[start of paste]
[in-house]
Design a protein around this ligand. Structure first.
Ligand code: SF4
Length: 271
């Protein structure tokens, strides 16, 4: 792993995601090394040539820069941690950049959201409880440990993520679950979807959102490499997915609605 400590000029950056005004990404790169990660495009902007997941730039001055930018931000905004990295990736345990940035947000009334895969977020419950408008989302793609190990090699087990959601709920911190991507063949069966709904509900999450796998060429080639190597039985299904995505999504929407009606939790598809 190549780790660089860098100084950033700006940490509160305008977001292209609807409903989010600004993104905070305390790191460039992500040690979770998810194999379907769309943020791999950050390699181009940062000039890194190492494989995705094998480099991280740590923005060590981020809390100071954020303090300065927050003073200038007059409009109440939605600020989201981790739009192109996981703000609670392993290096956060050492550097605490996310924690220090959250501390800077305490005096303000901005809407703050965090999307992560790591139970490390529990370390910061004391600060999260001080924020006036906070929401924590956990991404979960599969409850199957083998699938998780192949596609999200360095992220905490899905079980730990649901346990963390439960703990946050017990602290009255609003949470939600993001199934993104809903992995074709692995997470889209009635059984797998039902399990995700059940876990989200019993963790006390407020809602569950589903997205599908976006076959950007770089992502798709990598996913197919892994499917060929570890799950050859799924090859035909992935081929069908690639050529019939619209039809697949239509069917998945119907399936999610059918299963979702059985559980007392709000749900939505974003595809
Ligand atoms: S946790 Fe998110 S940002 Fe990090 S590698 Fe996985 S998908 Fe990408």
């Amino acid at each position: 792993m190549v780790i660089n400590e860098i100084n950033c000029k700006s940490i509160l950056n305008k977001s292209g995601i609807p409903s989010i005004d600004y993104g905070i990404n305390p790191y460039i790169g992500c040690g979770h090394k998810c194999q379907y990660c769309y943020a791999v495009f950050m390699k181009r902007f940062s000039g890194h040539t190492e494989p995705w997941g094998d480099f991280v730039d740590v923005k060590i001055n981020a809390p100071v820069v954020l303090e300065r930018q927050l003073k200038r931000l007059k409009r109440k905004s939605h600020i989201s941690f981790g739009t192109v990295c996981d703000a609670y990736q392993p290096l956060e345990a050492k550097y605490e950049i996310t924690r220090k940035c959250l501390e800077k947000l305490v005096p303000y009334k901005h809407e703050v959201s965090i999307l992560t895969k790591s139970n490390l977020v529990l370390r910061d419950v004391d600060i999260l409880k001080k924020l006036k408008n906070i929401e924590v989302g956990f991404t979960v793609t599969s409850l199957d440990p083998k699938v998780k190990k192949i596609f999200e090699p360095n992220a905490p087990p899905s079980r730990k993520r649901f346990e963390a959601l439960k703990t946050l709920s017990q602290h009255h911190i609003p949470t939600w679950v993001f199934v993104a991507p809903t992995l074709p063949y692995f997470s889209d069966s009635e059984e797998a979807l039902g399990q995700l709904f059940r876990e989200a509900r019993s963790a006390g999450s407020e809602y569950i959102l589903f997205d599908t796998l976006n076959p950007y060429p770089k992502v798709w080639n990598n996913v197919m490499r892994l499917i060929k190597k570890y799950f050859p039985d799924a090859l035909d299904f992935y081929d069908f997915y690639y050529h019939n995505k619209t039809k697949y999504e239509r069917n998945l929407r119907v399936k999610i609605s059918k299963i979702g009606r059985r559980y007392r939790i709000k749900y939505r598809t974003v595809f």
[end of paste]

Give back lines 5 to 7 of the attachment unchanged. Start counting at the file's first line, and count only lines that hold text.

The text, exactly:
């Protein structure tokens, strides 16, 4: 792993995601090394040539820069941690950049959201409880440990993520679950979807959102490499997915609605 400590000029950056005004990404790169990660495009902007997941730039001055930018931000905004990295990736345990940035947000009334895969977020419950408008989302793609190990090699087990959601709920911190991507063949069966709904509900999450796998060429080639190597039985299904995505999504929407009606939790598809 190549780790660089860098100084950033700006940490509160305008977001292209609807409903989010600004993104905070305390790191460039992500040690979770998810194999379907769309943020791999950050390699181009940062000039890194190492494989995705094998480099991280740590923005060590981020809390100071954020303090300065927050003073200038007059409009109440939605600020989201981790739009192109996981703000609670392993290096956060050492550097605490996310924690220090959250501390800077305490005096303000901005809407703050965090999307992560790591139970490390529990370390910061004391600060999260001080924020006036906070929401924590956990991404979960599969409850199957083998699938998780192949596609999200360095992220905490899905079980730990649901346990963390439960703990946050017990602290009255609003949470939600993001199934993104809903992995074709692995997470889209009635059984797998039902399990995700059940876990989200019993963790006390407020809602569950589903997205599908976006076959950007770089992502798709990598996913197919892994499917060929570890799950050859799924090859035909992935081929069908690639050529019939619209039809697949239509069917998945119907399936999610059918299963979702059985559980007392709000749900939505974003595809
Ligand atoms: S946790 Fe998110 S940002 Fe990090 S590698 Fe996985 S998908 Fe990408």
């Amino acid at each position: 792993m190549v780790i660089n400590e860098i100084n950033c000029k700006s940490i509160l950056n305008k977001s292209g995601i609807p409903s989010i005004d600004y993104g905070i990404n305390p790191y460039i790169g992500c040690g979770h090394k998810c194999q379907y990660c769309y943020a791999v495009f950050m390699k181009r902007f940062s000039g890194h040539t190492e494989p995705w997941g094998d480099f991280v730039d740590v923005k060590i001055n981020a809390p100071v820069v954020l303090e300065r930018q927050l003073k200038r931000l007059k409009r109440k905004s939605h600020i989201s941690f981790g739009t192109v990295c996981d703000a609670y990736q392993p290096l956060e345990a050492k550097y605490e950049i996310t924690r220090k940035c959250l501390e800077k947000l305490v005096p303000y009334k901005h809407e703050v959201s965090i999307l992560t895969k790591s139970n490390l977020v529990l370390r910061d419950v004391d600060i999260l409880k001080k924020l006036k408008n906070i929401e924590v989302g956990f991404t979960v793609t599969s409850l199957d440990p083998k699938v998780k190990k192949i596609f999200e090699p360095n992220a905490p087990p899905s079980r730990k993520r649901f346990e963390a959601l439960k703990t946050l709920s017990q602290h009255h911190i609003p949470t939600w679950v993001f199934v993104a991507p809903t992995l074709p063949y692995f997470s889209d069966s009635e059984e797998a979807l039902g399990q995700l709904f059940r876990e989200a509900r019993s963790a006390g999450s407020e809602y569950i959102l589903f997205d599908t796998l976006n076959p950007y060429p770089k992502v798709w080639n990598n996913v197919m490499r892994l499917i060929k190597k570890y799950f050859p039985d799924a090859l035909d299904f992935y081929d069908f997915y690639y050529h019939n995505k619209t039809k697949y999504e239509r069917n998945l929407r119907v399936k999610i609605s059918k299963i979702g009606r059985r559980y007392r939790i709000k749900y939505r598809t974003v595809f």